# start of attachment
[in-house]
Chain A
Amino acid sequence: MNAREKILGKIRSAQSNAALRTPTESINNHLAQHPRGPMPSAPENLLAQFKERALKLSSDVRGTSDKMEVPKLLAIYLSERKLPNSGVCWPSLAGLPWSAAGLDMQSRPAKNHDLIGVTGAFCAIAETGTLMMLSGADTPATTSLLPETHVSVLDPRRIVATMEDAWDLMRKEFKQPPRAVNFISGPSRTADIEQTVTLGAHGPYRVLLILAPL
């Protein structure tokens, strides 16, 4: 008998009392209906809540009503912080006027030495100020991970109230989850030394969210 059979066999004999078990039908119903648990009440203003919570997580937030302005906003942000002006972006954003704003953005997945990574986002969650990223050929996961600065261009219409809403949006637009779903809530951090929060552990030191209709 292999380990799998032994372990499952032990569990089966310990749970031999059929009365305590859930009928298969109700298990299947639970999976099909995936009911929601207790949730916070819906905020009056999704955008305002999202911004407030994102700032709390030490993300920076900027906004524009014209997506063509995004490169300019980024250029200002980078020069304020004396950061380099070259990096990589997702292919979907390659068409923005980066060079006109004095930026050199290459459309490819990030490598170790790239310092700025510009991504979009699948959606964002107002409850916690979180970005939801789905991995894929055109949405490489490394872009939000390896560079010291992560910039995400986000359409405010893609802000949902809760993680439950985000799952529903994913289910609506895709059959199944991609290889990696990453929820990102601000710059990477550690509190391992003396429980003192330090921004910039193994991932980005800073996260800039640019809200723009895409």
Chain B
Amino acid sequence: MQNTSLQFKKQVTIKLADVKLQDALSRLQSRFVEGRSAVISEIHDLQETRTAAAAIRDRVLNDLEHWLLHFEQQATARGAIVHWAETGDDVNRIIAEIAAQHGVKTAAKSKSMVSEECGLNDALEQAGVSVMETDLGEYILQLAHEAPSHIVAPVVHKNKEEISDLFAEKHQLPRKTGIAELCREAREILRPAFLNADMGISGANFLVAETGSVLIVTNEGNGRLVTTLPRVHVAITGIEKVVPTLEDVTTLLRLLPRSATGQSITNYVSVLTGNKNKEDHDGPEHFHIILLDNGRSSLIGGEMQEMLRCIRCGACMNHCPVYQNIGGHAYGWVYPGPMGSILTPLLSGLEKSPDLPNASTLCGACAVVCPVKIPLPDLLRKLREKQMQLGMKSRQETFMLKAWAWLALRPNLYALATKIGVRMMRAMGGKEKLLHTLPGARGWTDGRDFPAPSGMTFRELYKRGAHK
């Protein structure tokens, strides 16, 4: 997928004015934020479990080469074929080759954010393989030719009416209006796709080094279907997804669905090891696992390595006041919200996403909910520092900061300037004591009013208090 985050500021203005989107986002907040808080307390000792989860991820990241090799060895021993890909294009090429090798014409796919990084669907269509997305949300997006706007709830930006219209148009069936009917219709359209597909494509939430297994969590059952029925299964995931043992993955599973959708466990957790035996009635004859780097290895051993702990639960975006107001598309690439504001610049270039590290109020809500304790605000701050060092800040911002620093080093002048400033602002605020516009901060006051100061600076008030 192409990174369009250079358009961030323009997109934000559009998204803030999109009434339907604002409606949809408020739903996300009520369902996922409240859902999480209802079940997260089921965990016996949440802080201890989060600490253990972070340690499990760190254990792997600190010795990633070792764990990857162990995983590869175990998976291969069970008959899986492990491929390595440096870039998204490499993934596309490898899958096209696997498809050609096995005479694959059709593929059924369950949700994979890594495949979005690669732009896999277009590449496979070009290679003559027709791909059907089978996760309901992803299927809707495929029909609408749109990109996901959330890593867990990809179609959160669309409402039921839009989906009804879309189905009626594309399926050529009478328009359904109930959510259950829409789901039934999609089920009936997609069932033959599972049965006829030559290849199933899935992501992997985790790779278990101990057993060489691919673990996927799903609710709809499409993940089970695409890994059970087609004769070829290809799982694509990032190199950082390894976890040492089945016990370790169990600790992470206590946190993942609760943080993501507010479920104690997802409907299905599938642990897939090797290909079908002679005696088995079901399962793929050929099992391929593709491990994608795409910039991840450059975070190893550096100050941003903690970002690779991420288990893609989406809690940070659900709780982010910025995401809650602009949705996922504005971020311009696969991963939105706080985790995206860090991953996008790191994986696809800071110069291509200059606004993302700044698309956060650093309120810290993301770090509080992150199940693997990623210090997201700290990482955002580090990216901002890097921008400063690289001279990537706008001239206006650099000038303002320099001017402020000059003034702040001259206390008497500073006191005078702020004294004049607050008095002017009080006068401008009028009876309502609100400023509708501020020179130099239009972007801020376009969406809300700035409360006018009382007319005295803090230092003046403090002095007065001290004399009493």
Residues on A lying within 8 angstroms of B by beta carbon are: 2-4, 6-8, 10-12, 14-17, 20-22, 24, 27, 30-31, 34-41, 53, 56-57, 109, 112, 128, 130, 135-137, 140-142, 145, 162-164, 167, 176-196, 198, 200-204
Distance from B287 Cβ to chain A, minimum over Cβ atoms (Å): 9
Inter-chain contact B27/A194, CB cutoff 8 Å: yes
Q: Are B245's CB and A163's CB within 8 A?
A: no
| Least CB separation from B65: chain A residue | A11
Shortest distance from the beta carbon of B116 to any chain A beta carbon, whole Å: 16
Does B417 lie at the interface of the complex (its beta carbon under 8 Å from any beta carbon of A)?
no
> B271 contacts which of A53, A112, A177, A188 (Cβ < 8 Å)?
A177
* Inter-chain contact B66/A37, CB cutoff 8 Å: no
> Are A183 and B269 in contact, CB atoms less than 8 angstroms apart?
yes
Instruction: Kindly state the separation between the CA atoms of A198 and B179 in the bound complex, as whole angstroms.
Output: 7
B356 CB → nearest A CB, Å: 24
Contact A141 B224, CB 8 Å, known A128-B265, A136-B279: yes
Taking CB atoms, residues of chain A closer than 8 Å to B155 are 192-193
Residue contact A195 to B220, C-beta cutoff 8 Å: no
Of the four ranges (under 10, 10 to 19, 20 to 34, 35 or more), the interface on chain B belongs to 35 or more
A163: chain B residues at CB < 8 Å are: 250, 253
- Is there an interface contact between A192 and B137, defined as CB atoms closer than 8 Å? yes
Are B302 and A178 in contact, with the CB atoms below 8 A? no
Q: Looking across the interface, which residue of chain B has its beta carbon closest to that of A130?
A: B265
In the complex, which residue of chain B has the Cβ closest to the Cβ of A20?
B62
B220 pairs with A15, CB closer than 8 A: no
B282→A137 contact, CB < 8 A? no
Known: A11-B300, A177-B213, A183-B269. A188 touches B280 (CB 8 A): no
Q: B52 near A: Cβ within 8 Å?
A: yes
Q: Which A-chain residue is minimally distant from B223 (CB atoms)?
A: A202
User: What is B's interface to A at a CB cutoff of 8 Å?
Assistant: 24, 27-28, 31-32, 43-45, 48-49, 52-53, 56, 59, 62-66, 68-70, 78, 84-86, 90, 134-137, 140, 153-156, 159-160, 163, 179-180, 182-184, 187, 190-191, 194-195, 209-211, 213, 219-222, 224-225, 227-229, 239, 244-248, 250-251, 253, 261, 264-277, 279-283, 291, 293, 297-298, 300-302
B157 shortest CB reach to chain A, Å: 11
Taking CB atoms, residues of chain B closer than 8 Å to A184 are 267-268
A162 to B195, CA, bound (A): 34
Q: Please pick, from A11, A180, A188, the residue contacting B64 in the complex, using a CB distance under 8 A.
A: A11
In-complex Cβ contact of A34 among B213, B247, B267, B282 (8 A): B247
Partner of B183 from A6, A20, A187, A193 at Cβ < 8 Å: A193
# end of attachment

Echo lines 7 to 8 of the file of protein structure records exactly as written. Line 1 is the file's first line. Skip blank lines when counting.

């Protein structure tokens, strides 16, 4: 997928004015934020479990080469074929080759954010393989030719009416209006796709080094279907997804669905090891696992390595006041919200996403909910520092900061300037004591009013208090 985050500021203005989107986002907040808080307390000792989860991820990241090799060895021993890909294009090429090798014409796919990084669907269509997305949300997006706007709830930006219209148009069936009917219709359209597909494509939430297994969590059952029925299964995931043992993955599973959708466990957790035996009635004859780097290895051993702990639960975006107001598309690439504001610049270039590290109020809500304790605000701050060092800040911002620093080093002048400033602002605020516009901060006051100061600076008030 192409990174369009250079358009961030323009997109934000559009998204803030999109009434339907604002409606949809408020739903996300009520369902996922409240859902999480209802079940997260089921965990016996949440802080201890989060600490253990972070340690499990760190254990792997600190010795990633070792764990990857162990995983590869175990998976291969069970008959899986492990491929390595440096870039998204490499993934596309490898899958096209696997498809050609096995005479694959059709593929059924369950949700994979890594495949979005690669732009896999277009590449496979070009290679003559027709791909059907089978996760309901992803299927809707495929029909609408749109990109996901959330890593867990990809179609959160669309409402039921839009989906009804879309189905009626594309399926050529009478328009359904109930959510259950829409789901039934999609089920009936997609069932033959599972049965006829030559290849199933899935992501992997985790790779278990101990057993060489691919673990996927799903609710709809499409993940089970695409890994059970087609004769070829290809799982694509990032190199950082390894976890040492089945016990370790169990600790992470206590946190993942609760943080993501507010479920104690997802409907299905599938642990897939090797290909079908002679005696088995079901399962793929050929099992391929593709491990994608795409910039991840450059975070190893550096100050941003903690970002690779991420288990893609989406809690940070659900709780982010910025995401809650602009949705996922504005971020311009696969991963939105706080985790995206860090991953996008790191994986696809800071110069291509200059606004993302700044698309956060650093309120810290993301770090509080992150199940693997990623210090997201700290990482955002580090990216901002890097921008400063690289001279990537706008001239206006650099000038303002320099001017402020000059003034702040001259206390008497500073006191005078702020004294004049607050008095002017009080006068401008009028009876309502609100400023509708501020020179130099239009972007801020376009969406809300700035409360006018009382007319005295803090230092003046403090002095007065001290004399009493």
Residues on A lying within 8 angstroms of B by beta carbon are: 2-4, 6-8, 10-12, 14-17, 20-22, 24, 27, 30-31, 34-41, 53, 56-57, 109, 112, 128, 130, 135-137, 140-142, 145, 162-164, 167, 176-196, 198, 200-204